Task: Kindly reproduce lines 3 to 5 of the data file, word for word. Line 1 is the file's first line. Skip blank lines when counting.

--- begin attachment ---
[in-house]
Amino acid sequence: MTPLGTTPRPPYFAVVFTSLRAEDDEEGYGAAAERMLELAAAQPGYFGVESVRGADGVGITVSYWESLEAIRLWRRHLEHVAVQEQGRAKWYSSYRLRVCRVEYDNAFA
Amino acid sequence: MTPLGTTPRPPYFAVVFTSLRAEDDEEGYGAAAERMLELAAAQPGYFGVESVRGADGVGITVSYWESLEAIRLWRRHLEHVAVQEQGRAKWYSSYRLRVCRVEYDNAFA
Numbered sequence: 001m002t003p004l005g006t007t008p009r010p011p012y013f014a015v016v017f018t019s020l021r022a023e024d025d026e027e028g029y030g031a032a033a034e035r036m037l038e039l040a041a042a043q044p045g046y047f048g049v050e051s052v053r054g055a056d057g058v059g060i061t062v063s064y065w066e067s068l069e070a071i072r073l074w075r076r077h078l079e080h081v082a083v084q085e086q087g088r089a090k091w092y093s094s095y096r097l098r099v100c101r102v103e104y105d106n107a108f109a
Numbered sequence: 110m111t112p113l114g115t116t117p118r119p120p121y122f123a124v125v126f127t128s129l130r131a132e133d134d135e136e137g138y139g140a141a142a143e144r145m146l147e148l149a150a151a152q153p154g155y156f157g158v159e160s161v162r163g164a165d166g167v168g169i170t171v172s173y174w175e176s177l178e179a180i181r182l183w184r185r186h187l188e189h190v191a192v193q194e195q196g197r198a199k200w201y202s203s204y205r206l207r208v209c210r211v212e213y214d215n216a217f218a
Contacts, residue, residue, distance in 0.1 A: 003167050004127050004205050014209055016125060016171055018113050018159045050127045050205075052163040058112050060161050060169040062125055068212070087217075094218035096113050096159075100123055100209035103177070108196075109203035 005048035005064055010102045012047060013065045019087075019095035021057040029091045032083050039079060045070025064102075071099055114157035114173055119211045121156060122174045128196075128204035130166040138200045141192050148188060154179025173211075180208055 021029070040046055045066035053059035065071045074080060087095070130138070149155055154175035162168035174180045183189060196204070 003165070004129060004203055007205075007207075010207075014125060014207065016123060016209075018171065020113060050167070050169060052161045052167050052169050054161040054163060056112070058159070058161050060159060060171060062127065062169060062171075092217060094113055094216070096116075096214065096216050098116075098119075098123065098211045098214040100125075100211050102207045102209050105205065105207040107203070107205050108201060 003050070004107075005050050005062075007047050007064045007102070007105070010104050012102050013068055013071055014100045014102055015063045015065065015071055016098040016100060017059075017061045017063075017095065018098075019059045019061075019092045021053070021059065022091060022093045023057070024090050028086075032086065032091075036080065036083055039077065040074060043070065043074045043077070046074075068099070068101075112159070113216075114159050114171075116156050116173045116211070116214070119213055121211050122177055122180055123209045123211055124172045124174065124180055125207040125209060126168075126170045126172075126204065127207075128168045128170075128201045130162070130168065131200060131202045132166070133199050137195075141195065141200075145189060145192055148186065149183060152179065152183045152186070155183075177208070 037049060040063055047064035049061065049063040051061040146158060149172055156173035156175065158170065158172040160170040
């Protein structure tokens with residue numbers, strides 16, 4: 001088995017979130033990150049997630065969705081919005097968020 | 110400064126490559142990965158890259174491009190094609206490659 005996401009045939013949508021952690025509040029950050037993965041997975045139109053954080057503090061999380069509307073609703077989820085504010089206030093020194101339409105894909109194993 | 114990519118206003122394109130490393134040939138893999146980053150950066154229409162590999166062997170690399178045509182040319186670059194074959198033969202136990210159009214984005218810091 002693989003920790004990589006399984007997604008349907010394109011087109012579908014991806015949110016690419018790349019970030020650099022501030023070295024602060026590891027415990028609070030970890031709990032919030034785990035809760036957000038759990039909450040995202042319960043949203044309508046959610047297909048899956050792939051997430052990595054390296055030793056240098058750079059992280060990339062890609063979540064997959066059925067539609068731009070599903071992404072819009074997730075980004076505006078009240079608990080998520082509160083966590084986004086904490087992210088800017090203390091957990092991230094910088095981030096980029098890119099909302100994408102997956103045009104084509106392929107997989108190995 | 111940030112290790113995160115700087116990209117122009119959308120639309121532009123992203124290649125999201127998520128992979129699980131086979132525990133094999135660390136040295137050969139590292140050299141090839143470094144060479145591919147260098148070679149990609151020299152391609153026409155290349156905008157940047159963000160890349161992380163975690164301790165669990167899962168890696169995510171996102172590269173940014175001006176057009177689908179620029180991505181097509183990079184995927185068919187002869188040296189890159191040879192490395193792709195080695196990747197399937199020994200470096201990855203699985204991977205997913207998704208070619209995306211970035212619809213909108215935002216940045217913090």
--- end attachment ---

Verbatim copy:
Amino acid sequence: MTPLGTTPRPPYFAVVFTSLRAEDDEEGYGAAAERMLELAAAQPGYFGVESVRGADGVGITVSYWESLEAIRLWRRHLEHVAVQEQGRAKWYSSYRLRVCRVEYDNAFA
Numbered sequence: 001m002t003p004l005g006t007t008p009r010p011p012y013f014a015v016v017f018t019s020l021r022a023e024d025d026e027e028g029y030g031a032a033a034e035r036m037l038e039l040a041a042a043q044p045g046y047f048g049v050e051s052v053r054g055a056d057g058v059g060i061t062v063s064y065w066e067s068l069e070a071i072r073l074w075r076r077h078l079e080h081v082a083v084q085e086q087g088r089a090k091w092y093s094s095y096r097l098r099v100c101r102v103e104y105d106n107a108f109a
Numbered sequence: 110m111t112p113l114g115t116t117p118r119p120p121y122f123a124v125v126f127t128s129l130r131a132e133d134d135e136e137g138y139g140a141a142a143e144r145m146l147e148l149a150a151a152q153p154g155y156f157g158v159e160s161v162r163g164a165d166g167v168g169i170t171v172s173y174w175e176s177l178e179a180i181r182l183w184r185r186h187l188e189h190v191a192v193q194e195q196g197r198a199k200w201y202s203s204y205r206l207r208v209c210r211v212e213y214d215n216a217f218a